posted by fromageball at 6:06 AM on May 20, 2012

I don't think roach lifespans are long enough to have learned fear of any animal in particular. But I'm not an entomologist.

My cat is excellent at roach alert and roach incapacitating, so most of the time I only have to pick up dazed roaches rather than chasing a hale and healthy one around the house.

Unfortunately, I strongly suspect a certain amount of the roaches like that I find (possibly up to, say, 90%) are roaches the little shit has hunted outside and brought in himself, most likely beaming with pride. YAY CATS.
posted by TheRedArmy at 6:38 AM on May 20, 2012

We used to live in an apartment building in Northern Virginia that had a serious roach problem. The building would spray periodically, but it was an ongoing problem. My sister needed us to take care of her cat for while, due to housing issues. Once Jana became a resident, she systematically hunted any roach that would dare to come in the apartment. She particularly did this at night, hanging out in the kitchen where they tended to congregate (yes she ate them .... ugh) and we rarely had a roach in our apartment while she was living with us. I suspect she just was a great hunter, as opposed to the roaches learning to avoid the apartment. We worried a bit about the poison issue, but figured the live ones she was hunting and eating had probably not ingested much or any poison or they would have died before she got a chance to stalk them. She went back to my sister after a year, and lived to the age of 18, so it didn't seem to do her any harm. We figured it was win win since she found it fun and it sure helped eliminate the roaches (which nothing else had done). It did make me less than enthusiastic when she affectionately would lick us though.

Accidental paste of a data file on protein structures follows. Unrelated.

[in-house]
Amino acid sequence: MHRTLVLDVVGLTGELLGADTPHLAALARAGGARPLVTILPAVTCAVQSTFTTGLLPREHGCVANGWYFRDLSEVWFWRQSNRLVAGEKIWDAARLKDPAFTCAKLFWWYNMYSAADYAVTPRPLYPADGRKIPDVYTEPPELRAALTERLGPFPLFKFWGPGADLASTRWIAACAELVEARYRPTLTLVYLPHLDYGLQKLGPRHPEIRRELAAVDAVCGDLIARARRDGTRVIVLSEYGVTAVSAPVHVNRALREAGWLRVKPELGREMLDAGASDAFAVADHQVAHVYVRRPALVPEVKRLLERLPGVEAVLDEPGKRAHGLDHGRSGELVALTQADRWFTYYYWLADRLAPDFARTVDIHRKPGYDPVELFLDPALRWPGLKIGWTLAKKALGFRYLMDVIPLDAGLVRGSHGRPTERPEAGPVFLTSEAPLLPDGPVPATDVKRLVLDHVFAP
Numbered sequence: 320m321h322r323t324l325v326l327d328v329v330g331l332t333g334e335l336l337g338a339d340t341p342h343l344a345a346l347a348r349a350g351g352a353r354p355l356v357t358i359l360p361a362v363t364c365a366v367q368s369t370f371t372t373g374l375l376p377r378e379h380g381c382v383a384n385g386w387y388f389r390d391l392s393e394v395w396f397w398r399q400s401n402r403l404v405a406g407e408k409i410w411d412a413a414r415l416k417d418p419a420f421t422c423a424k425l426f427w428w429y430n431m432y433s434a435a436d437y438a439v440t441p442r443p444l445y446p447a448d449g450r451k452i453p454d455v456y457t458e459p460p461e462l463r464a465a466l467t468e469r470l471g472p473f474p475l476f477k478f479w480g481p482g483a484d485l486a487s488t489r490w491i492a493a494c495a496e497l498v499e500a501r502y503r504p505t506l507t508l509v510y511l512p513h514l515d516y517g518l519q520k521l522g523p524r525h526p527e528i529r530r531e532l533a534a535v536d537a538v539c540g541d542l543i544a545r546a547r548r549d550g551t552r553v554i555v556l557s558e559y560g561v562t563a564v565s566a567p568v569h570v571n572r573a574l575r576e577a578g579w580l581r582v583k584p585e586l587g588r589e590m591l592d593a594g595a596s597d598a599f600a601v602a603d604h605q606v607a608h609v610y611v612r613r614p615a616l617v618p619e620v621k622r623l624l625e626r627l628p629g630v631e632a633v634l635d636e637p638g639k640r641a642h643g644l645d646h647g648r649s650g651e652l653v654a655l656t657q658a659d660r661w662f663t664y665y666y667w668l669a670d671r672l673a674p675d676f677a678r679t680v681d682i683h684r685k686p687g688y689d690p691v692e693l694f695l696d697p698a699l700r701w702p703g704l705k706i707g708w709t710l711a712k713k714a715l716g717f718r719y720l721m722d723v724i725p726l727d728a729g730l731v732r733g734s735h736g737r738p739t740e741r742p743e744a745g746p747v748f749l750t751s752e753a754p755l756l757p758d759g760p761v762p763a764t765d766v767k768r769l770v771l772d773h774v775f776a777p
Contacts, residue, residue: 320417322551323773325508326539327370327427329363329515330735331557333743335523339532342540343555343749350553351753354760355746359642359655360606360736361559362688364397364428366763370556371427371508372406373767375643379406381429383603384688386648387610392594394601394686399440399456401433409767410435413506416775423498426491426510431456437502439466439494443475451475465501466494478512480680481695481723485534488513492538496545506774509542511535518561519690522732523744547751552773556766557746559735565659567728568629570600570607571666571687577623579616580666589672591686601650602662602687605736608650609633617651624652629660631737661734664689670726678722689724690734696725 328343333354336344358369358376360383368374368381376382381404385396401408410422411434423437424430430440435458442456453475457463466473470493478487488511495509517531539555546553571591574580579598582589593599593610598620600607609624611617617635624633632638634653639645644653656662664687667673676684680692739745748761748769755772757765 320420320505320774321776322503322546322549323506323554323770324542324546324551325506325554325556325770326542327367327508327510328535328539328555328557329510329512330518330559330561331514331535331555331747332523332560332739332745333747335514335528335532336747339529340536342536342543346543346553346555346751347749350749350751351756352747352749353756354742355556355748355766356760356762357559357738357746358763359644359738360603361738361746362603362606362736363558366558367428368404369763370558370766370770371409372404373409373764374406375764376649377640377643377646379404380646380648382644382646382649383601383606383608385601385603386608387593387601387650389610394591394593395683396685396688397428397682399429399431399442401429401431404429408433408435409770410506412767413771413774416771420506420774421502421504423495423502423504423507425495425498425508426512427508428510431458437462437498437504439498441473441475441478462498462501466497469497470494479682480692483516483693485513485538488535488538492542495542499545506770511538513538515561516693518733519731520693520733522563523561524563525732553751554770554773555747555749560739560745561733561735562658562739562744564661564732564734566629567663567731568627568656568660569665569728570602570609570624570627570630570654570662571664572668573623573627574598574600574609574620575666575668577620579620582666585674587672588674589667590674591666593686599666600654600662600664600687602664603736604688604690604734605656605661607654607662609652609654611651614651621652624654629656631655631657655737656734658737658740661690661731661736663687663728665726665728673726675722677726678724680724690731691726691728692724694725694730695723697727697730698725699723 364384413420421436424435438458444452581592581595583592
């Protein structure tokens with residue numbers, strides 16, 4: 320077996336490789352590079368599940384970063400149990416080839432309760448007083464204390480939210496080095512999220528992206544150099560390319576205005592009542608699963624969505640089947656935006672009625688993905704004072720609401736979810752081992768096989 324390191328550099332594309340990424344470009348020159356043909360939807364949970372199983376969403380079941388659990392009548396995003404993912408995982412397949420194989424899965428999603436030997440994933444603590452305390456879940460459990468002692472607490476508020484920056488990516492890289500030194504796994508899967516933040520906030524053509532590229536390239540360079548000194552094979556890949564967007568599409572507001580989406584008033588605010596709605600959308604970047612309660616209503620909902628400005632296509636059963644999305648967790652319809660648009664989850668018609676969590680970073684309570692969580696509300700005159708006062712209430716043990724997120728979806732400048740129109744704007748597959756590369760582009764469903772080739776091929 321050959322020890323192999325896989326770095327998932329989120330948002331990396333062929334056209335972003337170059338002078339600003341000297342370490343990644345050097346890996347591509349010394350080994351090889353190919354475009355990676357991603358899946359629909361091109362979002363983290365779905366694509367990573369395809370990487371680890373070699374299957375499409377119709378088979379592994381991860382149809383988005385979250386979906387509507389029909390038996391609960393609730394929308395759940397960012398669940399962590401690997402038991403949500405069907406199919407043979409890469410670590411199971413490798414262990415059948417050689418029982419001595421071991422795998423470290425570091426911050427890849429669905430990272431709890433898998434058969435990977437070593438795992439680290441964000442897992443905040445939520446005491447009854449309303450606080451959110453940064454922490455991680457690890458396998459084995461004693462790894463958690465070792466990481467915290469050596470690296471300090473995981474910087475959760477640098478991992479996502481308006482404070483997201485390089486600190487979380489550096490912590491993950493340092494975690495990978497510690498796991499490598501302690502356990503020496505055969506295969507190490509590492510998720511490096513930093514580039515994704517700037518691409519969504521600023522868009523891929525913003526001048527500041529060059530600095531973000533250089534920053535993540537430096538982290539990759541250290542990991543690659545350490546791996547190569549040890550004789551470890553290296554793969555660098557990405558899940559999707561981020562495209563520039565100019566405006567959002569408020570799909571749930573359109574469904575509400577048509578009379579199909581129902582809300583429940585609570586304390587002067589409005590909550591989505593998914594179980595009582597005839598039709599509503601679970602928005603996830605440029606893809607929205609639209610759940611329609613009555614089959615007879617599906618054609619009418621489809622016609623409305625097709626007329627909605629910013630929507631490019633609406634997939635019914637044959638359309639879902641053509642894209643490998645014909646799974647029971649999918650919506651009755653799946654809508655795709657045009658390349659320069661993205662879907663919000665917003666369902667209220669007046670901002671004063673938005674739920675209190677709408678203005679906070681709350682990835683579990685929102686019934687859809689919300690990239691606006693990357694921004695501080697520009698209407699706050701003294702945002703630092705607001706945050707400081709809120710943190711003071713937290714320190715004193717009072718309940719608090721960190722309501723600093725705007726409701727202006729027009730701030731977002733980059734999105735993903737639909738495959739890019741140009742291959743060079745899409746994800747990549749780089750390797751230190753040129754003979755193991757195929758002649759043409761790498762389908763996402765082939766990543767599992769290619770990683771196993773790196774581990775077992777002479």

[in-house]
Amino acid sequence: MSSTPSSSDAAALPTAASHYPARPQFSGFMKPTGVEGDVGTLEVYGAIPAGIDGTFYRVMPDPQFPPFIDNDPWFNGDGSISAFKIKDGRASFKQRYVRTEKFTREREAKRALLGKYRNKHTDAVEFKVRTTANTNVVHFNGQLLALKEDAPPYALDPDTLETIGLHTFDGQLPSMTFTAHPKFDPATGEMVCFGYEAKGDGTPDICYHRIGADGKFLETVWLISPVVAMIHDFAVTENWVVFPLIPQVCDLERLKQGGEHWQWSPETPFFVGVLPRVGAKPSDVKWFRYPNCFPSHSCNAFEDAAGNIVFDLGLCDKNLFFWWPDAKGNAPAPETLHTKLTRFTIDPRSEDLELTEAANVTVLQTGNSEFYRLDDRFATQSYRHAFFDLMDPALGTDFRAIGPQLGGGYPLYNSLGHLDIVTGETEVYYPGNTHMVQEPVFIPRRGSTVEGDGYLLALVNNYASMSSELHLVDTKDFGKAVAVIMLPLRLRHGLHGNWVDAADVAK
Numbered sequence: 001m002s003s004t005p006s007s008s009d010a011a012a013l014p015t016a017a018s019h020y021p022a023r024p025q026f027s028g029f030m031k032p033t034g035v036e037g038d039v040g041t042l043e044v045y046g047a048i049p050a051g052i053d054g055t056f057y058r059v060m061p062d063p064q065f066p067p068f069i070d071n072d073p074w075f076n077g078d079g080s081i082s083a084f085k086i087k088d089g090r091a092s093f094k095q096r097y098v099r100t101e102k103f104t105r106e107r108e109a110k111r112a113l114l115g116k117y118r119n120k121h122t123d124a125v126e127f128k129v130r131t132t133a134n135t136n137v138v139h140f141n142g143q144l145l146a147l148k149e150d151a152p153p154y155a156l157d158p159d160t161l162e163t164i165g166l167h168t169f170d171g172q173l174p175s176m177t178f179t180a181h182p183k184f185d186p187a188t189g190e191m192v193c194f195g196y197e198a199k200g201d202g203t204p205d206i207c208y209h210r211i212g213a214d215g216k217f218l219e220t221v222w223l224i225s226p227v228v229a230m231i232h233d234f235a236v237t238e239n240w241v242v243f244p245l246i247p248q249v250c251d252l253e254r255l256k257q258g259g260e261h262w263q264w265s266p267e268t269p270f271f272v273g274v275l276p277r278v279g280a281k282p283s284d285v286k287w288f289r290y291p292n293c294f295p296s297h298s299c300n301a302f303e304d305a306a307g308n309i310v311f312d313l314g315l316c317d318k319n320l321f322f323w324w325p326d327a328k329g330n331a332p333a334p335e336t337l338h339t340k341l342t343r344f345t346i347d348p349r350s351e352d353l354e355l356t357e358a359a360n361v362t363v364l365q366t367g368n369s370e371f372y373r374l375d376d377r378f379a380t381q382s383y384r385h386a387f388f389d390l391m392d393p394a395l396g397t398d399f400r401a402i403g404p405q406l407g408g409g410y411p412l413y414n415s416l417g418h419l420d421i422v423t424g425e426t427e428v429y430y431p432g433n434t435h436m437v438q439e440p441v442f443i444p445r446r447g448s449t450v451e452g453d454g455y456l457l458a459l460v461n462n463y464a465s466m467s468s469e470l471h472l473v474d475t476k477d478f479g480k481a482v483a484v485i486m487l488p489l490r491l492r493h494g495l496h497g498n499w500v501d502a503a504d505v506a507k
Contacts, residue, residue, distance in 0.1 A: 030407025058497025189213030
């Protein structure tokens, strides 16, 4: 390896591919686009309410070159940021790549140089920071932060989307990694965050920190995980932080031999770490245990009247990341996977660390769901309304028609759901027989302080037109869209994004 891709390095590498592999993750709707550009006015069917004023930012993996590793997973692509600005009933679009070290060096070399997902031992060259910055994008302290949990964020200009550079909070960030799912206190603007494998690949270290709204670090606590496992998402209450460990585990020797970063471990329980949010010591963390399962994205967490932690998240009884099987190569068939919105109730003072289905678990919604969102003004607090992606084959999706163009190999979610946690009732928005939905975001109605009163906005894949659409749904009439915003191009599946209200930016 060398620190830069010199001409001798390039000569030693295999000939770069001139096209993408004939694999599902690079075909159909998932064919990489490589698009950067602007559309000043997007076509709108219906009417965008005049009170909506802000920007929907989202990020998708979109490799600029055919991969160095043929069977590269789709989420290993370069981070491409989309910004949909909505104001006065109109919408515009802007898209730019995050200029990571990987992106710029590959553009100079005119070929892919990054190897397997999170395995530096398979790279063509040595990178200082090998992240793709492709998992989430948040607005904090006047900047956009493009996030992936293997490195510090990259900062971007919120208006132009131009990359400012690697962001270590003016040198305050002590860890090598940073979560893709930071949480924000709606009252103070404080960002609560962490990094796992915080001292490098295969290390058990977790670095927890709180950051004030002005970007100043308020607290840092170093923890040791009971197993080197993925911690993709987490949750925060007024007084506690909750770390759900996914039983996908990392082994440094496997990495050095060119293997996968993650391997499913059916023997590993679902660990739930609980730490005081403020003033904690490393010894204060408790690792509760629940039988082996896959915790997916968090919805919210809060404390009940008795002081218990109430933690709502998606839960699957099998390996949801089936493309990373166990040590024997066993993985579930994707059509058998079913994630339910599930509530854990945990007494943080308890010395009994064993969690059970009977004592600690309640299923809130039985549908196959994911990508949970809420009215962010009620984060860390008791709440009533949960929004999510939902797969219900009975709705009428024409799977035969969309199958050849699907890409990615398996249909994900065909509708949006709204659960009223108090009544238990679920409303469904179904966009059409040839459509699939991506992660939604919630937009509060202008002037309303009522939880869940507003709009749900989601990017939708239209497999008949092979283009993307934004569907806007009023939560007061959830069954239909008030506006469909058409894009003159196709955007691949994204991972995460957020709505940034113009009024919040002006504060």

posted by gudrun at 8:29 AM on May 20, 2012

Our cat Grover is a fantastic roacher. When we lived in Texas, where the waterbugs fly, he would eliminate them with extreme prejudice. So we rarely saw them in the living area. Still, we would occasionally find plastic food containers that the roaches had chewed through. So even though we never saw them, we knew the roaches were still there.
Since we moved to Colorado, Grover has moved on to mousing. I don't think that he finds it as much of a challenge.
posted by pickypicky at 8:54 AM on May 20, 2012

My cat sammy loved acting as pest control in Florida. He only puked them up when my roommate put out roach poison.
posted by PhoBWanKenobi at 9:23 AM on May 20, 2012

I had a cat who was a terrific roach hunter. She didn't eat the legs, so that was kind of disconcerting. Not all cats learn to hunt. It helps if they were raised by a mother cat who liked to hunt.
posted by theora55 at 12:29 PM on May 20, 2012

Hey! No portraits of awesome roach hunters?!
posted by likeso at 3:58 PM on May 20, 2012

Wow, I'm surprised no one brought up the connection between cats eating roaches and tapeworms. We had a kitten that was a fearless roacher, and she wound up being so full of tapeworms she practically bounced. *shudder* In addition to tapeworms, there are other ickys that transmit to cats. Full scale all out flamewar on roaches, and get your cat to the vet for a fecal exam.
posted by BlueHorse at 8:06 PM on May 20, 2012 [1 favorite]

We never had a tapeworm problem with the indoor cat roach hunter. Our indoor/outdoor cats had more issues with tapeworms, periodically, which we assumed was from fleas or eating birds, etc.. outside.
posted by gudrun at 7:16 PM on May 21, 2012

« Older What is the Facebook friends algorithm?   |   Was this really a hijack attempt? Newer »
This thread is closed to new comments.